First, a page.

Dilma Rousseff, Brazil’s ruling party presidential candidate, promised, if elected, continuity of current economic and financial policies to ensure growth and macro-economic stability. She also stated that Brazil was prepared for “a woman president.”
“Brazil will continue to grow with inclusion and upward social mobility”, said Rousseff during a conference in New York to US businessmen and politicians, which was followed by a press conference.
“A government of President Rousseff would ensure macroeconomic stability through monitoring with a policy of targets, exchange rate flexibility and fiscal control through the reduction of debt,” said the former cabinet chief virtually hand picked by president Lula, one of the most popular leaders of the country in half a century.
Regarding privatizations, Rousseff said that Brazil has defined “strategic areas” and mentioned several government managed corporations such as “Petrobras, Eletrobrás and other power related companies,” which will remain under state control.
However “we are open to a policy of inviting the private sector to participate in the construction of new hydroelectric plants, highways and other infrastructure, and extending concessions as long as they are cheaper to run than under our Public Works Department.”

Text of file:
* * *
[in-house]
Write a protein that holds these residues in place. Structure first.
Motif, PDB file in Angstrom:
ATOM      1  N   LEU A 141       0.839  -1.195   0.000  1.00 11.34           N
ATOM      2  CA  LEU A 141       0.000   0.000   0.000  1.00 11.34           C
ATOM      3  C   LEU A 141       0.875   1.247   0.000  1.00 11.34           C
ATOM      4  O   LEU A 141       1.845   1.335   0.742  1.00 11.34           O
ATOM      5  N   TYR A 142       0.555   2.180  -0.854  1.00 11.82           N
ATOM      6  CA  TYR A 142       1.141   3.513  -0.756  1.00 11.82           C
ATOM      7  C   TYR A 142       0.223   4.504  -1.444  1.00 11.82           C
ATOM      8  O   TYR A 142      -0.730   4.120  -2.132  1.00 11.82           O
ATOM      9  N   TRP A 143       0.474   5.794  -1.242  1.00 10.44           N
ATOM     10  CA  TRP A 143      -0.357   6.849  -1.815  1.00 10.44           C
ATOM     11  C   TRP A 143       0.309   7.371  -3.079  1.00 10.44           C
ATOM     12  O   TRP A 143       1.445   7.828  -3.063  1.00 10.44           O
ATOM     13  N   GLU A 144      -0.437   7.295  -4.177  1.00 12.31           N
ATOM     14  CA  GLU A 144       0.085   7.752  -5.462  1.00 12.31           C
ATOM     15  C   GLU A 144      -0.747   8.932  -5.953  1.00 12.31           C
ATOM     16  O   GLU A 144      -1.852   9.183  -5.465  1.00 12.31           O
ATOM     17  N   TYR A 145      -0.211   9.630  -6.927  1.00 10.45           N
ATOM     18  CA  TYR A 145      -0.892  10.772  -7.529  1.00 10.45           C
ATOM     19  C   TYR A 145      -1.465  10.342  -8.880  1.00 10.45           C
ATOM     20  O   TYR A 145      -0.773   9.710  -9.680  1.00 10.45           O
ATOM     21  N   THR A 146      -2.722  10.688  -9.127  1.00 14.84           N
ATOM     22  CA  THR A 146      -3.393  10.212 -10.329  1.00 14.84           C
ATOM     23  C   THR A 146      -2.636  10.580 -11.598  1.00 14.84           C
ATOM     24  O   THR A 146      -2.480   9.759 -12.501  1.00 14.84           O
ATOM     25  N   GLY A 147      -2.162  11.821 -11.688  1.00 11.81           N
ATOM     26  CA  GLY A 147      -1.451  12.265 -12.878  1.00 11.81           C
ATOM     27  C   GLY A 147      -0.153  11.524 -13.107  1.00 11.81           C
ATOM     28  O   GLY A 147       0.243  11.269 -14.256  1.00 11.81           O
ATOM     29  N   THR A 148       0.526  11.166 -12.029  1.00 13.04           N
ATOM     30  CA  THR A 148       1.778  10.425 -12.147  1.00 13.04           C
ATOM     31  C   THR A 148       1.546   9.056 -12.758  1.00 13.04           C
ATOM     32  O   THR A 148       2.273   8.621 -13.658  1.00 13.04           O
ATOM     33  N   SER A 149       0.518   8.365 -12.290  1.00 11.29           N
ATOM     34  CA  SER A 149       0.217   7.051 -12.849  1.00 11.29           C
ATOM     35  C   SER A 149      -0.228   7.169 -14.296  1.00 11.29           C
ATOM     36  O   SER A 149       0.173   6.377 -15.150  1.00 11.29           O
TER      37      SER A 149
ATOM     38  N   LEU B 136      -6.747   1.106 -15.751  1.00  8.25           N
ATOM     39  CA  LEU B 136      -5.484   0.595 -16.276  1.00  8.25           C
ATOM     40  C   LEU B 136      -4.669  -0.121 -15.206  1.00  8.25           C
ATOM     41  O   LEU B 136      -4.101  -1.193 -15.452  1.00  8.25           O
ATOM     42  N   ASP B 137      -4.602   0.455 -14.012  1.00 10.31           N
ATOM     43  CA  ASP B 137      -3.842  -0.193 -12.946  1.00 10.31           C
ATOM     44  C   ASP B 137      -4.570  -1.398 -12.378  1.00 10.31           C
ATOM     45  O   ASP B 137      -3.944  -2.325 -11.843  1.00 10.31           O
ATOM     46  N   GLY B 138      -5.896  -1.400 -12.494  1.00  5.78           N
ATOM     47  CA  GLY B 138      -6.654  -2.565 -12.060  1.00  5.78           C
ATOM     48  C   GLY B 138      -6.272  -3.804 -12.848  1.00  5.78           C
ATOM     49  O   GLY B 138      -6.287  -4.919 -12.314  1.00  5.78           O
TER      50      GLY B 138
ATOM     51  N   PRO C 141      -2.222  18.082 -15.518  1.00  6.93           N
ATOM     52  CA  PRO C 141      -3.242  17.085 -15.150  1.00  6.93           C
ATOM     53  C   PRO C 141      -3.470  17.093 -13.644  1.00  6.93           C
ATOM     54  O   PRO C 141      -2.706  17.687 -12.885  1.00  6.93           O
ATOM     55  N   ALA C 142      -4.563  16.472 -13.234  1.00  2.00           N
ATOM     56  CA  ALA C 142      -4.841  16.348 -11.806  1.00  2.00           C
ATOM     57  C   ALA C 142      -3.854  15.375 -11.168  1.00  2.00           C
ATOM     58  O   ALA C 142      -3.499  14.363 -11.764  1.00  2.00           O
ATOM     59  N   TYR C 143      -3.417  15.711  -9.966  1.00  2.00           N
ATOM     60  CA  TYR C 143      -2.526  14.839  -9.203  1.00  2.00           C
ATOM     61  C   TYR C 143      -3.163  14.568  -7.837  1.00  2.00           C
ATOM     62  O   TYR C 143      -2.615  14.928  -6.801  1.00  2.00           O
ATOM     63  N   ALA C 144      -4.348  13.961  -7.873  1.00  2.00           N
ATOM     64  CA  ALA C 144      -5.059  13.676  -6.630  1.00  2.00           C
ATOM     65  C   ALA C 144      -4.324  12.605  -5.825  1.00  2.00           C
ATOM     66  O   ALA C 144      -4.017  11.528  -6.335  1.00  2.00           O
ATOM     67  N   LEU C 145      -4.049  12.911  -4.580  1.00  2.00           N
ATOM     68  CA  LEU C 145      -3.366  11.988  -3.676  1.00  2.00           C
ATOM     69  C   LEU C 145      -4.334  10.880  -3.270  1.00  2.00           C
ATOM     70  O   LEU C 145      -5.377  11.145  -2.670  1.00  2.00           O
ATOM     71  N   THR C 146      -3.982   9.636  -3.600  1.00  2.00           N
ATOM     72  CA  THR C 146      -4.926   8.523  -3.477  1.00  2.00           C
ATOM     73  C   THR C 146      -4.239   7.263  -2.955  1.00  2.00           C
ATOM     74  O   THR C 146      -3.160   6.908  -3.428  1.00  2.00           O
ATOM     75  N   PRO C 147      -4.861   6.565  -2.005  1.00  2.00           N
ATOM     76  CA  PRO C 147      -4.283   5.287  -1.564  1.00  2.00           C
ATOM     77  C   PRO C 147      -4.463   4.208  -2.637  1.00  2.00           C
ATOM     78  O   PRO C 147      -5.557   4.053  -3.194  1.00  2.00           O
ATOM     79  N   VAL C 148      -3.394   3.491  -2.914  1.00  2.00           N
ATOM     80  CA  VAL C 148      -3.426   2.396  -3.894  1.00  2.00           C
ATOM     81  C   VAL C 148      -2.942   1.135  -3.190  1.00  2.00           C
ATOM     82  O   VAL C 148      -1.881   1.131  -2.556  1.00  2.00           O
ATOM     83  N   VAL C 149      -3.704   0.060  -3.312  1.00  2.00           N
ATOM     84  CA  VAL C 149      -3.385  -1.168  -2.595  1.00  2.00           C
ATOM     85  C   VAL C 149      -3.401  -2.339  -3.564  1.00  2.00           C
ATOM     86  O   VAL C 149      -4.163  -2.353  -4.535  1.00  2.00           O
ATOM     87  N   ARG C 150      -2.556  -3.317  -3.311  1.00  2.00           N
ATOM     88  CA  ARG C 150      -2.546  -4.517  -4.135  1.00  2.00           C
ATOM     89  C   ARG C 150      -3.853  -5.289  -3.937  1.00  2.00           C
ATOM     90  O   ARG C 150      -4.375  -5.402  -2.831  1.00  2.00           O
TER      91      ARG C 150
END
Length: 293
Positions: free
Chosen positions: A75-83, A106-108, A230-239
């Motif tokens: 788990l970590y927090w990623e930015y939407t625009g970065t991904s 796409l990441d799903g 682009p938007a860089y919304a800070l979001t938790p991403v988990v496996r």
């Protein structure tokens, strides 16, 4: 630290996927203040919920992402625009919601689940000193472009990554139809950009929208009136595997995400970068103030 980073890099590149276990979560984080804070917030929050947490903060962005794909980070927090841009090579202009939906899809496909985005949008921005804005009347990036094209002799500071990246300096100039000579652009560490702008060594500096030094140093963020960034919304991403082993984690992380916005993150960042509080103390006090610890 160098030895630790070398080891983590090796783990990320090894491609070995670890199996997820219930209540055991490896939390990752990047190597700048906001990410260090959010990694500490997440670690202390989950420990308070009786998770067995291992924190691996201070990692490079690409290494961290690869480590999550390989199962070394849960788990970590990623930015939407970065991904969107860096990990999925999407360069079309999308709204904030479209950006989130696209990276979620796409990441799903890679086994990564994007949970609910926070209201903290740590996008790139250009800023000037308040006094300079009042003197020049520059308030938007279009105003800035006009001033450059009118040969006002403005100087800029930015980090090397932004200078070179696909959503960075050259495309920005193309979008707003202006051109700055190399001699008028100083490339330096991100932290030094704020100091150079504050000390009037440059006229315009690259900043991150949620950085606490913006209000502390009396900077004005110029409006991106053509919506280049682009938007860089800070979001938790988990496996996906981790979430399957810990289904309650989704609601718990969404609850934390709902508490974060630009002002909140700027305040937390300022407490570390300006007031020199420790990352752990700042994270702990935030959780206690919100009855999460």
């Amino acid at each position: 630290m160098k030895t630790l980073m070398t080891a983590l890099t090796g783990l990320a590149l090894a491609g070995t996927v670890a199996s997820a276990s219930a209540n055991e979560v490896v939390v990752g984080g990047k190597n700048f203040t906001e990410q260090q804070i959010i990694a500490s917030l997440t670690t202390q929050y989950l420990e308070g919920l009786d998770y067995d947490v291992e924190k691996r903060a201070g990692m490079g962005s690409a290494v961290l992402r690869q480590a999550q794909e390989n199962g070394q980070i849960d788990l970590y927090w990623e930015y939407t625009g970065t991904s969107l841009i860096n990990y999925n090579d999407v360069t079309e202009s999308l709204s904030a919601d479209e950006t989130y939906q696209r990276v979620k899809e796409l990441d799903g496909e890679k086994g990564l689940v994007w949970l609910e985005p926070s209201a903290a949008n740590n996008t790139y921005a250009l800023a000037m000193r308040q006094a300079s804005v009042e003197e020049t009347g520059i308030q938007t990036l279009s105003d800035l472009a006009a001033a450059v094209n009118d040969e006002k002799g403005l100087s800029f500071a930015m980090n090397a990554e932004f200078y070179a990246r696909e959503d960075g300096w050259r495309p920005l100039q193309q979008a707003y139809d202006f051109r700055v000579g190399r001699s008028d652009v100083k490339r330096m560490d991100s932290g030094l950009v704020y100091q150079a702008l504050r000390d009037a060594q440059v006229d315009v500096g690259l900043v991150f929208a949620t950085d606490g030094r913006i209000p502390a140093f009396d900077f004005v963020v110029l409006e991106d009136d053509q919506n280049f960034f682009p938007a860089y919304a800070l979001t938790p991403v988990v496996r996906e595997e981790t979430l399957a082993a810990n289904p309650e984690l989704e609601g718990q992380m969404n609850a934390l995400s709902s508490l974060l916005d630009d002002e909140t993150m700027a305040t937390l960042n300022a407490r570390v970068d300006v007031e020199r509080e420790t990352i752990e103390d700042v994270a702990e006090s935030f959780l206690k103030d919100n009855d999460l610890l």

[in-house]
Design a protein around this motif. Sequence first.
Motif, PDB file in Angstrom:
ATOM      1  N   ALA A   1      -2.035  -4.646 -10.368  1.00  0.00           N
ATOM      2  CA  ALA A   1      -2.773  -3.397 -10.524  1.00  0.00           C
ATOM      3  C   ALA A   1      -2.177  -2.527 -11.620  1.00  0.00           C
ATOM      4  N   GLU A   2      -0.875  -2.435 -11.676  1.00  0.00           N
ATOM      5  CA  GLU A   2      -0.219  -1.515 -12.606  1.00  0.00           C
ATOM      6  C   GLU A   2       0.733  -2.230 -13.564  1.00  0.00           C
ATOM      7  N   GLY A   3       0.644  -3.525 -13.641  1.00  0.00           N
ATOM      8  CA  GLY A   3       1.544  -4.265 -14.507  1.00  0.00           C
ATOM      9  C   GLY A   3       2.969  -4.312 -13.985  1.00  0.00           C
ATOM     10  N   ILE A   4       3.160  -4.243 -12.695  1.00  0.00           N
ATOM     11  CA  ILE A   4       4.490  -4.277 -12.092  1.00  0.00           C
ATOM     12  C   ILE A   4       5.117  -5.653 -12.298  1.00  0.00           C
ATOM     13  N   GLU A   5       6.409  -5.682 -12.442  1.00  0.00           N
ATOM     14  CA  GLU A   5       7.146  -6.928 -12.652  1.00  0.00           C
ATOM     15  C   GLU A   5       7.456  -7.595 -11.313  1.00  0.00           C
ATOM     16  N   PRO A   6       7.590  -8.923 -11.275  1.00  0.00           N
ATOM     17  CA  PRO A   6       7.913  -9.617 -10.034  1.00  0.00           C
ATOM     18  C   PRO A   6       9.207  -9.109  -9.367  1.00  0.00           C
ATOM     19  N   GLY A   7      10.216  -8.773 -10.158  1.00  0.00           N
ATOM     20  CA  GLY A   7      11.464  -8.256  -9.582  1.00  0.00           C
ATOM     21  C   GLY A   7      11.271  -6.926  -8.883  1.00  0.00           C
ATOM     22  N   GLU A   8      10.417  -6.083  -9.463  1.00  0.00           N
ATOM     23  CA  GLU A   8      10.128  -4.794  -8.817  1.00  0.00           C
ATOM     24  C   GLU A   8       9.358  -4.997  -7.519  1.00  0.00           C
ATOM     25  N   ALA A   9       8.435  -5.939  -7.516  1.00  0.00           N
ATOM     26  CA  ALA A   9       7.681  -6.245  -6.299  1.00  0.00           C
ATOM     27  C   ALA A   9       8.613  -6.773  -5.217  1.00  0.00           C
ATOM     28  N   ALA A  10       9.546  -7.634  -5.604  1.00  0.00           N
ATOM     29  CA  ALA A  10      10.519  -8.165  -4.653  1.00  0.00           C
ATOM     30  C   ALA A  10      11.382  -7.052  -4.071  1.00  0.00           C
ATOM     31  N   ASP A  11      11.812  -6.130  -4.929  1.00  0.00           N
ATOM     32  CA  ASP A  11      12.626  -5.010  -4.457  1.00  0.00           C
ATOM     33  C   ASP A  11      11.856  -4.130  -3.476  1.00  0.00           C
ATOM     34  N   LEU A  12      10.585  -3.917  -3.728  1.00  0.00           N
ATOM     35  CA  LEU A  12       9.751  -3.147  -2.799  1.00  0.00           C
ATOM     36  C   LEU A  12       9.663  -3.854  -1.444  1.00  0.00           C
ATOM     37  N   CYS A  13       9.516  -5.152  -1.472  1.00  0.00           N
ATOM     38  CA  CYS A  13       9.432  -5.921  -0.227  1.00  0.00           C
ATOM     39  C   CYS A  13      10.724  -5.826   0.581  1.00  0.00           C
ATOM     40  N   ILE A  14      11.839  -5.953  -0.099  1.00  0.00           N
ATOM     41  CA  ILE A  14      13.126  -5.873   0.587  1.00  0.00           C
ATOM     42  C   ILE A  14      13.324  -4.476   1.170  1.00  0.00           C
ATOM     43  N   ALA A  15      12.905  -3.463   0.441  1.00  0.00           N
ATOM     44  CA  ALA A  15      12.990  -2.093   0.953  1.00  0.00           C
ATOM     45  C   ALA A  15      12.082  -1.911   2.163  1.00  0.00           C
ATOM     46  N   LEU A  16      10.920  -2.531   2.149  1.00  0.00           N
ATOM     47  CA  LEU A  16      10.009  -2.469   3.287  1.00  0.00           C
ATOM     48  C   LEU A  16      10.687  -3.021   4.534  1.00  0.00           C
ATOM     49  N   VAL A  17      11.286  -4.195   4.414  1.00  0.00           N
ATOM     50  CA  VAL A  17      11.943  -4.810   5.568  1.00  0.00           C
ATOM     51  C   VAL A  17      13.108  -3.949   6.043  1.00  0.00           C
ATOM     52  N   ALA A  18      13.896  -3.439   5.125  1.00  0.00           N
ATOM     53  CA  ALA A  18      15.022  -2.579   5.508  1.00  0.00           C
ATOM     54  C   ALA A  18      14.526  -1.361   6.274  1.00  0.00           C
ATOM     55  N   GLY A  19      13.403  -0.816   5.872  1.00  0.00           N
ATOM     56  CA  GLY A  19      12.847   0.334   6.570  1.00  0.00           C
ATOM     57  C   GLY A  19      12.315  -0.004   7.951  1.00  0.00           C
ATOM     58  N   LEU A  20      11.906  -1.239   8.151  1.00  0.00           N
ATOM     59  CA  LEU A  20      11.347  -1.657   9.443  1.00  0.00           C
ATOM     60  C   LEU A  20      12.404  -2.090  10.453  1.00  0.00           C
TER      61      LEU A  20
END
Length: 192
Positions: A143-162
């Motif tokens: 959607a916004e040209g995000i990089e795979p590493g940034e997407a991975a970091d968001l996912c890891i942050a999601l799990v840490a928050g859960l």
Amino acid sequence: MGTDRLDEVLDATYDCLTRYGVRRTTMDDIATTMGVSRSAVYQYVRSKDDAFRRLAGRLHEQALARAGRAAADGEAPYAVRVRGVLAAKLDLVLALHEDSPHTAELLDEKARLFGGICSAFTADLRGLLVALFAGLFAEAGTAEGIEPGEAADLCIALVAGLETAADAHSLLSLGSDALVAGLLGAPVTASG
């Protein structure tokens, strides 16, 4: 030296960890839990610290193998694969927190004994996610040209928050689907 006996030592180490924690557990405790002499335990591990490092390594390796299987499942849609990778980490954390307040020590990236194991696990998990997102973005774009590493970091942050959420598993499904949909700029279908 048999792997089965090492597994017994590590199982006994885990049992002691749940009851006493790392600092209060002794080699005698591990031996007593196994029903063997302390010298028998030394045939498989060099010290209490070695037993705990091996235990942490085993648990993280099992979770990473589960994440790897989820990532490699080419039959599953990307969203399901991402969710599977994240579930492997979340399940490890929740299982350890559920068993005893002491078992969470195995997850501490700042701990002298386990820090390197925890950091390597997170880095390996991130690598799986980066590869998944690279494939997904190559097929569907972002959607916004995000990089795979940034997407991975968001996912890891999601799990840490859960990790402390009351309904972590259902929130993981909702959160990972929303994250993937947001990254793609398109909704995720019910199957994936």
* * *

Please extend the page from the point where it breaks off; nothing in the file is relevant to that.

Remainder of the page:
On the specific question of the Brazilian Central Bank autonomy, the candidate promised that in the event of winning, “I will maintain the operational autonomy of the Central Bank”.
Finally she said that President Lula’s great legacy has been lifting millions of Brazilians out of poverty, “and that is a challenge to keep expanding.”
Public opinion polls show Ms Rousseff in a dead heat with opposition hopeful José Serra according to the latest DataFolha poll released, matching a similar trend in recent competing polls.
Rousseff climbed 7 points from DataFolha’s April voter survey, to win 37% of the 2,660 voters’ questioned across the country on Friday. Former São Paulo Governor Serra dropped five points from the April tally to even with Rousseff at 37% support ahead of the October election. The poll had a 2 percentage points plus or minus margin of error.
The latest results of the DataFolha poll followed a trend that has been unfolding in other polls in recent days. Rousseff has been gaining ground on Serra thanks to a strong economy and support from the popular Lula.
The two main candidates are followed in the DataFolha survey by Green Party candidate Marina Silva with 12% of vote intention.
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